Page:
Information Literacy Reflection
Reading through today’s course material was like walking through thick snow. But one sentence, in one of the readings, caught my attention and made it all a bit clearer.
By engaging with this modality of information, novices learn to act as practitioners, but they cannot become practitioners because they are removed from the reflexive and reflective embodied experiences and tensions arising from practice.”
– Lloyd, 2007, “Learning to act as a practitioner”
Lloyd’s article was about switching from the idea of Information Literacy (IL) as a set of skills and behaviours, to sociocultural construction of information and meaning, and whole body engagement with a range of modes. Context, Lloyd argues, is fundamental to what is learnt and how it is learnt.
I can relate to the quote above as I look back on my professional teaching practicum. As a student teacher, I was only acting like a real teacher, and never truly became a teacher until I experienced the real thing. Similarly, our students can never truly become information literate by simply ticking off a set of skills and behaviours. They must be fully immersed in authentic information literacy learning, in a variety of contexts, to become information “practitioners”.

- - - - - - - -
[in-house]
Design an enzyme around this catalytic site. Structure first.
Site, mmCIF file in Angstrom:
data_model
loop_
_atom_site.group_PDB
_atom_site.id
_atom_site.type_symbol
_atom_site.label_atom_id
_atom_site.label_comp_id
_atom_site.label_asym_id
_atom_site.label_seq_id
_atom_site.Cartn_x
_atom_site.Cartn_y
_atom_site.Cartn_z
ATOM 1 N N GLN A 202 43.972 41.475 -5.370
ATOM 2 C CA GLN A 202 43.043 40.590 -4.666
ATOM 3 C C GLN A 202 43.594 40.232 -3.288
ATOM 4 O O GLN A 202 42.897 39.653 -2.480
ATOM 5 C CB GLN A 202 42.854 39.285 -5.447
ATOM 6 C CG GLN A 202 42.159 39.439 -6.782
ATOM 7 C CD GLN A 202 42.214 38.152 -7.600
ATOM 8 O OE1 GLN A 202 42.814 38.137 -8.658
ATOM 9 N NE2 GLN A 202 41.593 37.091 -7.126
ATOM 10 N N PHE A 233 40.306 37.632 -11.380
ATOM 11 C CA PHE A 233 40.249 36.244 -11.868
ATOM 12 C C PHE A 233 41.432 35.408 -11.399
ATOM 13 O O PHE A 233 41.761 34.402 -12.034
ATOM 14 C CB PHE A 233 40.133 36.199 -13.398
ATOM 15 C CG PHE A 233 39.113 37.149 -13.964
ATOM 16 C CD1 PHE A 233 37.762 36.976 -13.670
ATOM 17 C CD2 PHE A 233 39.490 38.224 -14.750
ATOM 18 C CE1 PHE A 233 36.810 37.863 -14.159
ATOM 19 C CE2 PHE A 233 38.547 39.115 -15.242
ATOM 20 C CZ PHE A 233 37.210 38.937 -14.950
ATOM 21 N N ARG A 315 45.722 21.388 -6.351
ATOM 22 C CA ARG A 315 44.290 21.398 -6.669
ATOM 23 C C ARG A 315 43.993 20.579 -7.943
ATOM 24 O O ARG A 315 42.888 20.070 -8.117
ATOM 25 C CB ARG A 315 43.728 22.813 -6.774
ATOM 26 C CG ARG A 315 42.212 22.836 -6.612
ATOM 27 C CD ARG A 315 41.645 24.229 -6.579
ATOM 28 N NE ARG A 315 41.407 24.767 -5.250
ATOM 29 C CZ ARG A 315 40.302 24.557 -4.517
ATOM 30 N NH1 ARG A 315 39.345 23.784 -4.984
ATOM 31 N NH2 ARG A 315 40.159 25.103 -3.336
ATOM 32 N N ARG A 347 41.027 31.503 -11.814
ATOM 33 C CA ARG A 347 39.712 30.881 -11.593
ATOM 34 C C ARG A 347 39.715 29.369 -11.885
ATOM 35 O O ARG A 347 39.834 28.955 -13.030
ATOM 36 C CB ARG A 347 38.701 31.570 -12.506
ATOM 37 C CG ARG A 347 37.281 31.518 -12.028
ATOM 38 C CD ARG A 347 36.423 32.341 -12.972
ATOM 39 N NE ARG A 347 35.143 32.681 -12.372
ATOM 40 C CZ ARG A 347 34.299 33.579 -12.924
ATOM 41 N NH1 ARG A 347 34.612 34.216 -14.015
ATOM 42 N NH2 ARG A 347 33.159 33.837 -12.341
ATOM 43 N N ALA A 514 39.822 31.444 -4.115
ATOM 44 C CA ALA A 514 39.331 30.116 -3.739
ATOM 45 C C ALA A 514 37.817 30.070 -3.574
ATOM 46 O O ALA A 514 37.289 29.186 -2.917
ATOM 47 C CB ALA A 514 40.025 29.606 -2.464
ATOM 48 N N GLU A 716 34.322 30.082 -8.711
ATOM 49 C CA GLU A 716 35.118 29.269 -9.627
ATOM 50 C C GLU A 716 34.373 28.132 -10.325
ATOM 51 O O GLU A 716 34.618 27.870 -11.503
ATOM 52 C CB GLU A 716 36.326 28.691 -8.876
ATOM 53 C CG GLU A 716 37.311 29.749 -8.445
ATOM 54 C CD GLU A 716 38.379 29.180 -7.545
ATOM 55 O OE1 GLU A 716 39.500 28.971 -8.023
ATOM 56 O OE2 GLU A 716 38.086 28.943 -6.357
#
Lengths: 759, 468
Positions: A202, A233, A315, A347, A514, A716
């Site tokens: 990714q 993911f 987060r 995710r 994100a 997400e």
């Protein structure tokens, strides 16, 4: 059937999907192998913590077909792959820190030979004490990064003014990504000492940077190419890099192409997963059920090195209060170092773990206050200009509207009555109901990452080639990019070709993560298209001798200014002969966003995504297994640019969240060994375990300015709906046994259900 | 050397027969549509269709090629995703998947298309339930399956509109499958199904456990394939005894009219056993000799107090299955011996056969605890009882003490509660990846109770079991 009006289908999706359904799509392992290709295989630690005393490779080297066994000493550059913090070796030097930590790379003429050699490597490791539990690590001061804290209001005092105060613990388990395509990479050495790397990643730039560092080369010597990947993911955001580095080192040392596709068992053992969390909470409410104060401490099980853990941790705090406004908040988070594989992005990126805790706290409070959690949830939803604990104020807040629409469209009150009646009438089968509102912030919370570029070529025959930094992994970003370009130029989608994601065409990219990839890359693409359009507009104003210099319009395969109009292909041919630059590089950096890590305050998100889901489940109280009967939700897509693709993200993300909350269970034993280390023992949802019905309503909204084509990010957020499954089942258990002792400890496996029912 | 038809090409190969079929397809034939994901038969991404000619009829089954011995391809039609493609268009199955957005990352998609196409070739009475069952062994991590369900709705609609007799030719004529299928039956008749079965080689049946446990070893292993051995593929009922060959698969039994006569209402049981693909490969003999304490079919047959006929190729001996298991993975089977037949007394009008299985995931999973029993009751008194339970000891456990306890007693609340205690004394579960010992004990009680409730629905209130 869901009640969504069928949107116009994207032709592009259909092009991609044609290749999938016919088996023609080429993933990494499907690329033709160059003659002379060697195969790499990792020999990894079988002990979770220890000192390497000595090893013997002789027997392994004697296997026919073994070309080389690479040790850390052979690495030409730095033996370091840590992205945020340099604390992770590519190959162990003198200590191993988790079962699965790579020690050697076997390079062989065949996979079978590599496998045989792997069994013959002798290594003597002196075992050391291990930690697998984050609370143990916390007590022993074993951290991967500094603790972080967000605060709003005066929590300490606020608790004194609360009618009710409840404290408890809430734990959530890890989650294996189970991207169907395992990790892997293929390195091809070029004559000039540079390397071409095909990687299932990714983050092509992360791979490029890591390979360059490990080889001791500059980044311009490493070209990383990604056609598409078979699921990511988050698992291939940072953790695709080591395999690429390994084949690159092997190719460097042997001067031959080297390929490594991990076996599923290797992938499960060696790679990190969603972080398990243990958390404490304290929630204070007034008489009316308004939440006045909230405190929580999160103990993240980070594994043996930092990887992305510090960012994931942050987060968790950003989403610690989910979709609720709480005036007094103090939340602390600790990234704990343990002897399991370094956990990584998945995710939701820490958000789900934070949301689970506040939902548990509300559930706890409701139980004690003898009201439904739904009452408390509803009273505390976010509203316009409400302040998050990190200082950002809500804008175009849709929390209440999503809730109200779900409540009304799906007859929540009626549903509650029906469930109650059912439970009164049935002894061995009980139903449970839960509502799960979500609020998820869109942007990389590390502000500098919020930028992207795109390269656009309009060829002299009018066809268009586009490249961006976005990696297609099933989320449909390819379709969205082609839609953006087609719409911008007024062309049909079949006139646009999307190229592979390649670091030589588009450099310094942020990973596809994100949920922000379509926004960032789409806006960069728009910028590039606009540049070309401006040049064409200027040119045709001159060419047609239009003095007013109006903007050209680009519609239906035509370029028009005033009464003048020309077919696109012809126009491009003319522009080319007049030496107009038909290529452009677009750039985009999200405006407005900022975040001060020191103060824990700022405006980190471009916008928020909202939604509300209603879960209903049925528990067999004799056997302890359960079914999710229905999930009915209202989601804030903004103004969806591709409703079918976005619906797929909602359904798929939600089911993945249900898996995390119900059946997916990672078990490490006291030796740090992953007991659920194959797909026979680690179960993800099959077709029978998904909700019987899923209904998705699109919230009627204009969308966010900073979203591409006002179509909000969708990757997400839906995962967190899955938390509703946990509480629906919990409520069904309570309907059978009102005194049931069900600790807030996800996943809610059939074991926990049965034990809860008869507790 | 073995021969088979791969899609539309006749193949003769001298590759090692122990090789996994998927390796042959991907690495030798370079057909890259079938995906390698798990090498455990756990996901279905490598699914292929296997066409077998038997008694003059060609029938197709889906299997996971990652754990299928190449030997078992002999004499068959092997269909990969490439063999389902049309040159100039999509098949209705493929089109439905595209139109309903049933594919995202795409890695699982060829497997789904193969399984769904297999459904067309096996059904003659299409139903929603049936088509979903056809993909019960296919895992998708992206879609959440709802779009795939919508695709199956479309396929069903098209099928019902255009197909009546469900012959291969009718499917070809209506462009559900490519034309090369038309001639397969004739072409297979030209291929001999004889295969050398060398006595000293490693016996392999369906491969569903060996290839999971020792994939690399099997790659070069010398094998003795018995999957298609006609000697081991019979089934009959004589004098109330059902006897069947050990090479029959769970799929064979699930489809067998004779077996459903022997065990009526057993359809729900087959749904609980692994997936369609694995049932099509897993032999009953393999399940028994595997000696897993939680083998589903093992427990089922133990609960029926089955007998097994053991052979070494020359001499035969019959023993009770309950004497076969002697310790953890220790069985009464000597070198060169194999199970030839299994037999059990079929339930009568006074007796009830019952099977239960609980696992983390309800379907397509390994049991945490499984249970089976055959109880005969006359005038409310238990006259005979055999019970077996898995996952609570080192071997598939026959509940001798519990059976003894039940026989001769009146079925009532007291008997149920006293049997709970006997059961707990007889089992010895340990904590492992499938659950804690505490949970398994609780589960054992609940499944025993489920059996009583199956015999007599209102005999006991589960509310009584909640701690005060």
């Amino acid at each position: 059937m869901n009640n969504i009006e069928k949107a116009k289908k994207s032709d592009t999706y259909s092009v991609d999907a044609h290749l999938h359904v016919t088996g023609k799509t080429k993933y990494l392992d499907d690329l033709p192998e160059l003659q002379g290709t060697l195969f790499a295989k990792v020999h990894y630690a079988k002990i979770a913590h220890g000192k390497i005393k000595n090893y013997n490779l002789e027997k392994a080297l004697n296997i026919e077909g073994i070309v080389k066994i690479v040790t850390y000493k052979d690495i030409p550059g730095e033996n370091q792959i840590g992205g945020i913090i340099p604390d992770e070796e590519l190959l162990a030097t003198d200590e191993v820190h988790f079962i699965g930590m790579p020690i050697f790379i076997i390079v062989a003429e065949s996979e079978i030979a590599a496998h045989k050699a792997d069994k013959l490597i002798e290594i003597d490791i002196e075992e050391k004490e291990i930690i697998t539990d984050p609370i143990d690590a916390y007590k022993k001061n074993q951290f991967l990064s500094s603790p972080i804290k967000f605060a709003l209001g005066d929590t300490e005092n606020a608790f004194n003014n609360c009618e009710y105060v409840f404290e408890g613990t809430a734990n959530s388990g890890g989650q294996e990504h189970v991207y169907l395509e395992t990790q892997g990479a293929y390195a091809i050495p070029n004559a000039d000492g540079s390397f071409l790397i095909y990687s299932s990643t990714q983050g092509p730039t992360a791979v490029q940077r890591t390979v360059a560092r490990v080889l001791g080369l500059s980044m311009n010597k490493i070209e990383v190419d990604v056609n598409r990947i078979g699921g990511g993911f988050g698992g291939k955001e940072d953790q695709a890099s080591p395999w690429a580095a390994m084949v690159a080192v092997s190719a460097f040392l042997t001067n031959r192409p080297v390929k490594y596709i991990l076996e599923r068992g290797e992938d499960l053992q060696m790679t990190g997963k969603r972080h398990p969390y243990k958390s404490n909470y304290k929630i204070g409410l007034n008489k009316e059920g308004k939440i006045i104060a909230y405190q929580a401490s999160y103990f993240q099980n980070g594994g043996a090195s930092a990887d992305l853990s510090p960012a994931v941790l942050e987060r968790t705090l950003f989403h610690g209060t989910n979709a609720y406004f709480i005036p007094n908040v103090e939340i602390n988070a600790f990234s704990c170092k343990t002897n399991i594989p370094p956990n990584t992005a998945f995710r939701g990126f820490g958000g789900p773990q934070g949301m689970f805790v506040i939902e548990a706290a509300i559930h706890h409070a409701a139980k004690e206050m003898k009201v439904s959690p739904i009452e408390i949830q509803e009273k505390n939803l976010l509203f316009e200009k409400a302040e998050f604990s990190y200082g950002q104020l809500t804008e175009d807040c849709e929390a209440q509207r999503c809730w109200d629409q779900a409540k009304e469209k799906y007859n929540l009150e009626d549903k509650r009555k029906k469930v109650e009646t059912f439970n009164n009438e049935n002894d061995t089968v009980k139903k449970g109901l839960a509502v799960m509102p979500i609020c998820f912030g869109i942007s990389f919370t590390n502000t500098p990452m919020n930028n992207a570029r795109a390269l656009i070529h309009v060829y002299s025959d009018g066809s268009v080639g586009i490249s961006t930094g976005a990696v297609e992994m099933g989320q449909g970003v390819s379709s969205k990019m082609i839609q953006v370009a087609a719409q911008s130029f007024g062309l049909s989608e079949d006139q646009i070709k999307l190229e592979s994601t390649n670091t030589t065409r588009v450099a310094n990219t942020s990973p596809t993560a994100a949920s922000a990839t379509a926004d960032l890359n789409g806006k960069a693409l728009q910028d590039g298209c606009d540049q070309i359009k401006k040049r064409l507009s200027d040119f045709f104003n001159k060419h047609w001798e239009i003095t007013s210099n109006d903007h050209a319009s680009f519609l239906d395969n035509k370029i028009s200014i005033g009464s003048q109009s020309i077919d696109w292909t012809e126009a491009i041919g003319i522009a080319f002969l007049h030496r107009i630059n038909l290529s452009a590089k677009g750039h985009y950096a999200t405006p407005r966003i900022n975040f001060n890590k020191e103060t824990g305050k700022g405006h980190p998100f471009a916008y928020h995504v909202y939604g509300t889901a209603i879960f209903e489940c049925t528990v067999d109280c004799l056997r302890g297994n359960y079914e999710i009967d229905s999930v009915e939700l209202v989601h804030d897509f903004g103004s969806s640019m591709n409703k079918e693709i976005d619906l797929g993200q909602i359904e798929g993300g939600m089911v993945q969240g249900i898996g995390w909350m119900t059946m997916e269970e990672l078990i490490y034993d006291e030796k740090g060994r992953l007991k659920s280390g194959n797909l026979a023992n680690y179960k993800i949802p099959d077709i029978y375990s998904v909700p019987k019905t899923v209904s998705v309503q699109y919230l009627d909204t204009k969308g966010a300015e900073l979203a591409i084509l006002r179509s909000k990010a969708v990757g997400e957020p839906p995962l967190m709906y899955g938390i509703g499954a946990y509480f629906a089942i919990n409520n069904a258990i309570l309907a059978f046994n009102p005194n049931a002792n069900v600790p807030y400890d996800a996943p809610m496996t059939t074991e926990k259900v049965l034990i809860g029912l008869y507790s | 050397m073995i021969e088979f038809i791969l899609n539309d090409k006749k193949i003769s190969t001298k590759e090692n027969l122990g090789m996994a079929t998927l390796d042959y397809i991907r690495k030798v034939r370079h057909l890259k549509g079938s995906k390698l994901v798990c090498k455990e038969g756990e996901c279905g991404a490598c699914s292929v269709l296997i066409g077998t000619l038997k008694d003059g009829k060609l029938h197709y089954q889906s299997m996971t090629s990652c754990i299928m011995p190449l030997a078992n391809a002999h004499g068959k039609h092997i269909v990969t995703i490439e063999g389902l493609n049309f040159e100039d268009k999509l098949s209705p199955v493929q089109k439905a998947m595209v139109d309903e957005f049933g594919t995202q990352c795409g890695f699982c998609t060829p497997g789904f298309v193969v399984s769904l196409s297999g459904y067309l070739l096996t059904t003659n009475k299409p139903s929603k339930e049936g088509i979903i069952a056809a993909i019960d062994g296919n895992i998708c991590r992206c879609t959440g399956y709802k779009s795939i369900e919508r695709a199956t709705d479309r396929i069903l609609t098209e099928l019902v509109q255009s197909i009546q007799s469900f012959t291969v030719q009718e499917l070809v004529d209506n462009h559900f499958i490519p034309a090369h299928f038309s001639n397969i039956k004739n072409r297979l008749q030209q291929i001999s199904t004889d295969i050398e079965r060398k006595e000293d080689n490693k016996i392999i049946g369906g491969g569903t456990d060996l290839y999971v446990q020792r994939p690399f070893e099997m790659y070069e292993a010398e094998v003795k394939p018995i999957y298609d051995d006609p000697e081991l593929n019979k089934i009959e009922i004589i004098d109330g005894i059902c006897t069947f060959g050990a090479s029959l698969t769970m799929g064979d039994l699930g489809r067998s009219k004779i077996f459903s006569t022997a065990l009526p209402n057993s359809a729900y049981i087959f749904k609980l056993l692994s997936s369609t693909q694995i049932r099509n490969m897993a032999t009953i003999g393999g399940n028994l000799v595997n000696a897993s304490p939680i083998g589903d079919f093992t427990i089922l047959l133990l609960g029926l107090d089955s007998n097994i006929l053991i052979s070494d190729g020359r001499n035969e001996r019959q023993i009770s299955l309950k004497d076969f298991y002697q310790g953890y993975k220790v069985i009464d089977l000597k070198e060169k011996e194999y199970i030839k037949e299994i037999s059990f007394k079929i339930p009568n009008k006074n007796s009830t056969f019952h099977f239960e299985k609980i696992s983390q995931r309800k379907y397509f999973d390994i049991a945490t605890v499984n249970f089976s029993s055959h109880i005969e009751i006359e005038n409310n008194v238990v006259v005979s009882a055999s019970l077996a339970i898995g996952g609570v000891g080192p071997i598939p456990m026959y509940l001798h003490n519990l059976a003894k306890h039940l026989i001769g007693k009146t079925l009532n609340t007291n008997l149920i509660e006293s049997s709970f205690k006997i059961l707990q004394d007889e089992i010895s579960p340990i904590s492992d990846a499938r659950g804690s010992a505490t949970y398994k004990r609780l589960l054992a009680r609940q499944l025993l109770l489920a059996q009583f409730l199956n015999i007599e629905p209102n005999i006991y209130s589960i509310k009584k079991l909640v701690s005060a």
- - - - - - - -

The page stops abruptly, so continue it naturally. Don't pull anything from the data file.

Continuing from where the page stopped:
Lloyd, A. (2007). Recasting information literacy as sociocultural practice: Implications for library and information science researchers. Information Research, 12(4). Retrieved from http://informationr.net/ir/12-4/colis/colis34.html